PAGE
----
Healthcare is a continuously growing field with more than its fair share of diverse and gratifying positions. From doctors and nurses to medical billers and administrators and beyond, millions of Americans are employed in the industry. But what does it take to join the ranks of some of society’s most brave and caring individuals? Do you need special skills?
Well, aside from having the right training and education, there are a few skills that are petty much universal in the healthcare field. These are skills that can not only help you connect better with other people, but will also help you find the gratification you’re looking for from your position.
Let’s take a look at some of the most important skills that healthcare workers possess. And, from all of us, thank you!
Attention To Detail
While this is a skill that benefits pretty much every industry, it’s one you simply can’t do without in healthcare. Why? Because someone’s life could literally depend on your attention to detail. Or, you could be responsible for someone’s medical records, billing information, or other sensitive data. You must have a good eye for mistakes, the ability to reflect, and the ability to grow and learn from mistakes.
Even in the most simple healthcare duties, you need attention to detail. If you’re someone who can pick up on details, is motivated to learn, and are a self-regulator, you might fit right into the industry! Online healthcare degrees are more accessible than ever before, and you can get certified in certain areas in less than a year’s time.
This is another skill you simply must possess in order to find success in any industry, but healthcare demands punctuality. Imagine if you’re coming off of a 12-hour shift in the ER fighting COVID-19, and your replacement is 30 minutes late. You’ve just had to cover an extra 30 minutes of work because someone else wasn’t on time, adding to your exhaustion. When you’re late, it looks like you don’t value other people’s time. Yes, there are certainly valid reasons for being late, but you shouldn’t be late all the time! A good rule for being punctual is if you’re not early, you’re late. If you think you’re going to need more time to get to work, leave earlier. Give yourself an extra 10-15 minutes every time you leave the house to ensure you’re not inconveniencing anyone.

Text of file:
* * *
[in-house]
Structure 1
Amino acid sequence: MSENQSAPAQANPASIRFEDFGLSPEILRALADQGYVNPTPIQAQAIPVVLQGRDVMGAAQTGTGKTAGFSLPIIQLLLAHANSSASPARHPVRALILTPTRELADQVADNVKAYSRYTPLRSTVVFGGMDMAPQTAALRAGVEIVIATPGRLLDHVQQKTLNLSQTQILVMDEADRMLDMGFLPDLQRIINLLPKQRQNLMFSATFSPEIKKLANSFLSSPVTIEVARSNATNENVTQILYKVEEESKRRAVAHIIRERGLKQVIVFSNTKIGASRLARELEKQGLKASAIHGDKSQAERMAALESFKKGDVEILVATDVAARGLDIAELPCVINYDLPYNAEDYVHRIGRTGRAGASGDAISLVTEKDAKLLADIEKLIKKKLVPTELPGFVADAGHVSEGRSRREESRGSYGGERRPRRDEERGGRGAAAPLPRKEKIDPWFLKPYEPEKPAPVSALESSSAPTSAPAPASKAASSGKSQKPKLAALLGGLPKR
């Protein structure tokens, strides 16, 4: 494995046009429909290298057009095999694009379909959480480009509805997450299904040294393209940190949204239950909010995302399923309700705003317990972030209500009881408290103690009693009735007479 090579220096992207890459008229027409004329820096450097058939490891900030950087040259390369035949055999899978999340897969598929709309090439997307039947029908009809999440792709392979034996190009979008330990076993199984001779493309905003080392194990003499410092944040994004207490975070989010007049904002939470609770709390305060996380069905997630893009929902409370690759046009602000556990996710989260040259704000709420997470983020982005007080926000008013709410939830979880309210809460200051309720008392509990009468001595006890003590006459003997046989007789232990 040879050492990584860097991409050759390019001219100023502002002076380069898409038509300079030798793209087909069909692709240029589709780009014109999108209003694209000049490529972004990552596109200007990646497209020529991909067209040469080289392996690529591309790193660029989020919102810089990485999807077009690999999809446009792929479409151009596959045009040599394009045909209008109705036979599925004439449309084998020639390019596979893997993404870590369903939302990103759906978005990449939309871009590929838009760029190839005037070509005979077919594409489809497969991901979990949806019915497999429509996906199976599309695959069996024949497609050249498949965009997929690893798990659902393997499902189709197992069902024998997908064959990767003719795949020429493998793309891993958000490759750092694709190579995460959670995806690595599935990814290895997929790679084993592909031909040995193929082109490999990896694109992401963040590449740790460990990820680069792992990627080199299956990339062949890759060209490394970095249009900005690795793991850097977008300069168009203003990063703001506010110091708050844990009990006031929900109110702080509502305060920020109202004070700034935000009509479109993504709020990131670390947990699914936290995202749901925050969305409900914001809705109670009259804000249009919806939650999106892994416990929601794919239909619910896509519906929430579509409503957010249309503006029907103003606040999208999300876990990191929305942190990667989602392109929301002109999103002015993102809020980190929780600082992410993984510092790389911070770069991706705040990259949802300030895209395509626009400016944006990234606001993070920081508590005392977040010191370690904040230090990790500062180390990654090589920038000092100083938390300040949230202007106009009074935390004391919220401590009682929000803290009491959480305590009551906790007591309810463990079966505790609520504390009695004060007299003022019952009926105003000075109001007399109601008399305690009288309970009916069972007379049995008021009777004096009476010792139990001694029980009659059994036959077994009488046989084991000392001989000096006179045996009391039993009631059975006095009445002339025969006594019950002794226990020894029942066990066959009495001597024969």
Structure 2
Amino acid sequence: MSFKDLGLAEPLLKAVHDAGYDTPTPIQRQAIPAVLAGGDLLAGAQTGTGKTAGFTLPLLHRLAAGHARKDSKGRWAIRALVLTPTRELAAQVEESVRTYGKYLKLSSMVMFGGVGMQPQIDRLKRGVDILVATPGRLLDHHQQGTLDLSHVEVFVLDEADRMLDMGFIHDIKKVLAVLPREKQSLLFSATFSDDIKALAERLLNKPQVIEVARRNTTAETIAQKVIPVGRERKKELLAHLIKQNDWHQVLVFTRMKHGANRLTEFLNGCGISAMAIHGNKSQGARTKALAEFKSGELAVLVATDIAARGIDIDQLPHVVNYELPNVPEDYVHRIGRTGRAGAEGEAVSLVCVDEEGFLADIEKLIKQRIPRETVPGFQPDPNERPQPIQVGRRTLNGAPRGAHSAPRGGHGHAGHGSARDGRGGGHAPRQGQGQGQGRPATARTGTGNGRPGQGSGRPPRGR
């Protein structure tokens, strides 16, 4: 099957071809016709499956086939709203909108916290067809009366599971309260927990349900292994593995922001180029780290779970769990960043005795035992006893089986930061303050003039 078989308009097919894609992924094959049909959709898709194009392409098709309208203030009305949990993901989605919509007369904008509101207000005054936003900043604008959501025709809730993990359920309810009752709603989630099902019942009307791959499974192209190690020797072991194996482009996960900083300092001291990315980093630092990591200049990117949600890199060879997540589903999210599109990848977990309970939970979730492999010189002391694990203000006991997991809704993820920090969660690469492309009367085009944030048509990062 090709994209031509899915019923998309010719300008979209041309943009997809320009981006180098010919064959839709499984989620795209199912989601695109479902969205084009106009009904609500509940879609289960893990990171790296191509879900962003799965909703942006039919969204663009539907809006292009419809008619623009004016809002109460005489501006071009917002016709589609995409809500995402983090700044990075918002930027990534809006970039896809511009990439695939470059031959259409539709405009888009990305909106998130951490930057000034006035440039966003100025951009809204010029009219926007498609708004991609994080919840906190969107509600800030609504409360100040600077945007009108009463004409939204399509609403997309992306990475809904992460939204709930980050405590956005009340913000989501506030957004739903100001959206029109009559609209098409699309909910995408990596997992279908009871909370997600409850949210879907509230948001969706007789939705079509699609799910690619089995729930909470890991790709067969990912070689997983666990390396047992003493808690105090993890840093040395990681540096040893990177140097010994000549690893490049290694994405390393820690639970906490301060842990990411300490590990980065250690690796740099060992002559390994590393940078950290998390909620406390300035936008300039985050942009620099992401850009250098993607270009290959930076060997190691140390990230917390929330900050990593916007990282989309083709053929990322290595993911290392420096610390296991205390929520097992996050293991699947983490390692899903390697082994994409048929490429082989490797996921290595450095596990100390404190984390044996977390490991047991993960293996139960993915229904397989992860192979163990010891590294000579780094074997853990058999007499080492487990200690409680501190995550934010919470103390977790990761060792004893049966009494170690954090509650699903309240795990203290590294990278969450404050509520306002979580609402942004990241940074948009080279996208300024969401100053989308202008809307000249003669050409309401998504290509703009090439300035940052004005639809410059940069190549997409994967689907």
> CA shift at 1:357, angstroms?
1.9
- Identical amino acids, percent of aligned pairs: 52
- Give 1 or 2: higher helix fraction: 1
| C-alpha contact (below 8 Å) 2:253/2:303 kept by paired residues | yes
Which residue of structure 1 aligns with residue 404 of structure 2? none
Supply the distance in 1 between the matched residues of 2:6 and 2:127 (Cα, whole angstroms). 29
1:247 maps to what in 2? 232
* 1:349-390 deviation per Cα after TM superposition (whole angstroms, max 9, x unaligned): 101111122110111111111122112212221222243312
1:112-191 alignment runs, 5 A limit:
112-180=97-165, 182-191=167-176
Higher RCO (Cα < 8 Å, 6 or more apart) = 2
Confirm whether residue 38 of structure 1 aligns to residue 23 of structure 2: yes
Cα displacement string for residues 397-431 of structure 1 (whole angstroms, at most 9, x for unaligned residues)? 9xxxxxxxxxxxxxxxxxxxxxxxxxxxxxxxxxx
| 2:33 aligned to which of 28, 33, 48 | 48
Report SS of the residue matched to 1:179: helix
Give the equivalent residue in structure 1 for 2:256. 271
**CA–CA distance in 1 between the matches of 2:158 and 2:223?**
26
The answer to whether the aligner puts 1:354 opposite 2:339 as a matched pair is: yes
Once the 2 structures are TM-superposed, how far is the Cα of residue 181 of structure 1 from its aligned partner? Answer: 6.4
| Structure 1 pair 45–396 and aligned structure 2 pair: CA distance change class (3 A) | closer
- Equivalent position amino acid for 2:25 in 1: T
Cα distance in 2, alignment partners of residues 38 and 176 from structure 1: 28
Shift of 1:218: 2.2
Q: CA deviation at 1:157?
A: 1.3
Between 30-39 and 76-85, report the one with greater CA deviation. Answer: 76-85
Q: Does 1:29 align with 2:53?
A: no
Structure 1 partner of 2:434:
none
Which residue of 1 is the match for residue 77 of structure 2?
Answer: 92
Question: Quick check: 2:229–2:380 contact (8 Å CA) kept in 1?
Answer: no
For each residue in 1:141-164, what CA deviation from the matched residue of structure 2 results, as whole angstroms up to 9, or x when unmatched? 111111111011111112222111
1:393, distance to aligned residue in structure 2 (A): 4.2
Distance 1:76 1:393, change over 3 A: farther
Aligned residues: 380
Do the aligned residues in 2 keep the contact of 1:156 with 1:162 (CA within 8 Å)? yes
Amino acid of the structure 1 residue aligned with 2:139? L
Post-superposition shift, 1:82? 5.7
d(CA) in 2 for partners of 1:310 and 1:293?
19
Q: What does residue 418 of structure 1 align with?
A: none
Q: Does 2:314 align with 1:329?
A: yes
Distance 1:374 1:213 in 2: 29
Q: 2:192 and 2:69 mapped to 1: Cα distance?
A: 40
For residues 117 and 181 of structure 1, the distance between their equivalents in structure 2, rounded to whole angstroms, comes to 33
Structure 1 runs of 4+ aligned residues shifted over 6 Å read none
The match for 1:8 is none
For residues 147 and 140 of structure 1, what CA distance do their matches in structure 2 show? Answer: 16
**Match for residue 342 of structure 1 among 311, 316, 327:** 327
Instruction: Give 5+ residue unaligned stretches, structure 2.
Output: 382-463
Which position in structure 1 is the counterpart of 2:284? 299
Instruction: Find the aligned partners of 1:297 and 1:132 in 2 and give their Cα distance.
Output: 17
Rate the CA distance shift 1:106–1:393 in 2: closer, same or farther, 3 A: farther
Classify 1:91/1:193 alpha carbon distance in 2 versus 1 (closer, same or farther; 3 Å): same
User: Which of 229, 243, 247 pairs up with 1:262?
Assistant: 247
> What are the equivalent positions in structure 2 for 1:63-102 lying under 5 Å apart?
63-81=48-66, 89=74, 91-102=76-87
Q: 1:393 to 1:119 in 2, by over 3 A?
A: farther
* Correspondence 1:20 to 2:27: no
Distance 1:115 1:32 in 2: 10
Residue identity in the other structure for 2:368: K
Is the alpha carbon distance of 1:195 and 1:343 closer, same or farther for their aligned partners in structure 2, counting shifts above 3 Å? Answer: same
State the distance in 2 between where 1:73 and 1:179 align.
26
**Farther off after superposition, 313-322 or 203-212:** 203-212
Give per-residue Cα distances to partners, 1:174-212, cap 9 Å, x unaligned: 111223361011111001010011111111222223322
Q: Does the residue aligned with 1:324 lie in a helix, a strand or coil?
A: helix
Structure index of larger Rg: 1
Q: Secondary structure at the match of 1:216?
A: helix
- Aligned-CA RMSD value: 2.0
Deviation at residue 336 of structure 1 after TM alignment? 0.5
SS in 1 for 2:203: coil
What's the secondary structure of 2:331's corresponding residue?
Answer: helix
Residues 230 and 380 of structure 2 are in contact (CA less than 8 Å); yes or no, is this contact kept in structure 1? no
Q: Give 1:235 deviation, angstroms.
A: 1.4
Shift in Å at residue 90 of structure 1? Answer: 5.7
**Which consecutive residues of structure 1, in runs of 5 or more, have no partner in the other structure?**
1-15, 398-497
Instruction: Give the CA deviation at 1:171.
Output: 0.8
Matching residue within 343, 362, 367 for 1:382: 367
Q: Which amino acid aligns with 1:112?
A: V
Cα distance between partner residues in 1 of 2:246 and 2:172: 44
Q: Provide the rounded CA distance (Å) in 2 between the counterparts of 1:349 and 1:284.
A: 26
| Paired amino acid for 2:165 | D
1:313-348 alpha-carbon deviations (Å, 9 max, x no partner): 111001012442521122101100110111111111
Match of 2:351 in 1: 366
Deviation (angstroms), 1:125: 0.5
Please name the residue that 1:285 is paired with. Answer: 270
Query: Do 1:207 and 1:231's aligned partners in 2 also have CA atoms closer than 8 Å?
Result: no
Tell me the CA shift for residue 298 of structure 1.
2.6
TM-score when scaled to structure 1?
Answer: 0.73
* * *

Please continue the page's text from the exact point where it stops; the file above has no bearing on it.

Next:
Compassion and Empathy
Compassion and empathy are two of the most important human emotions, and mastering them is something of a challenge. That’s why we’ve listed them as skills because really, they’re skills we learn along the way in life. We’re taught compassion and empathy (or not), it’s not necessarily hard-wired. Empathy in healthcare is one of the most important skills the industry couldn’t thrive without. Empathy helps us connect to people we don’t know, understand their situation, and truly relate to how they’re feeling.
If you’re a compassionate, empathetic, and generally caring person, the healthcare field is perfect for you. Often, you’ll be helping someone else with a health concern, and sometimes, your efforts can even save a life. Just look at the number of healthcare workers who stayed on the front lines during the COVID-19 pandemic, putting themselves at risk for the benefit of others. That’s true compassion and the sacrifice of a hero.
Teamwork and Leadership Skills
Even if you’re the most empathetic, compassionate person you know, if you can’t work well with others, you’re going to struggle in healthcare. Healthcare is very much a field where you simply can’t go it alone. You’ll be part of a healthcare team working to heal patients and better their lives, so you need to be able to communicate well and honestly, have emotional intelligence, and bring an asset to the team.
Problem-solving skills are something that employers across the country look for in every field, but they’re especially relevant in healthcare. The nature of healthcare and illness is complex by itself, and you’re likely going to run into problems that require an extra amount of thought. Problem-solving requires attention to detail and an honest perspective of the problem. You’ll need to be able to identify the problem, suggest a solution, and implement that solution(s) to see if it works.
Good problem-solvers also know how to be team players, and the best problem-solvers often ascend to leadership positions within their companies.
The Bottom Line
The healthcare field is competitive and ever-changing, but these skills will always be relevant and necessary for anyone working in the industry. Taking care of other people takes a great deal of compassion and personal sacrifice, and not everyone is cut out for it. If you’ve got these skills already, you might be looking at a bright and rewarding career in the healthcare industry!
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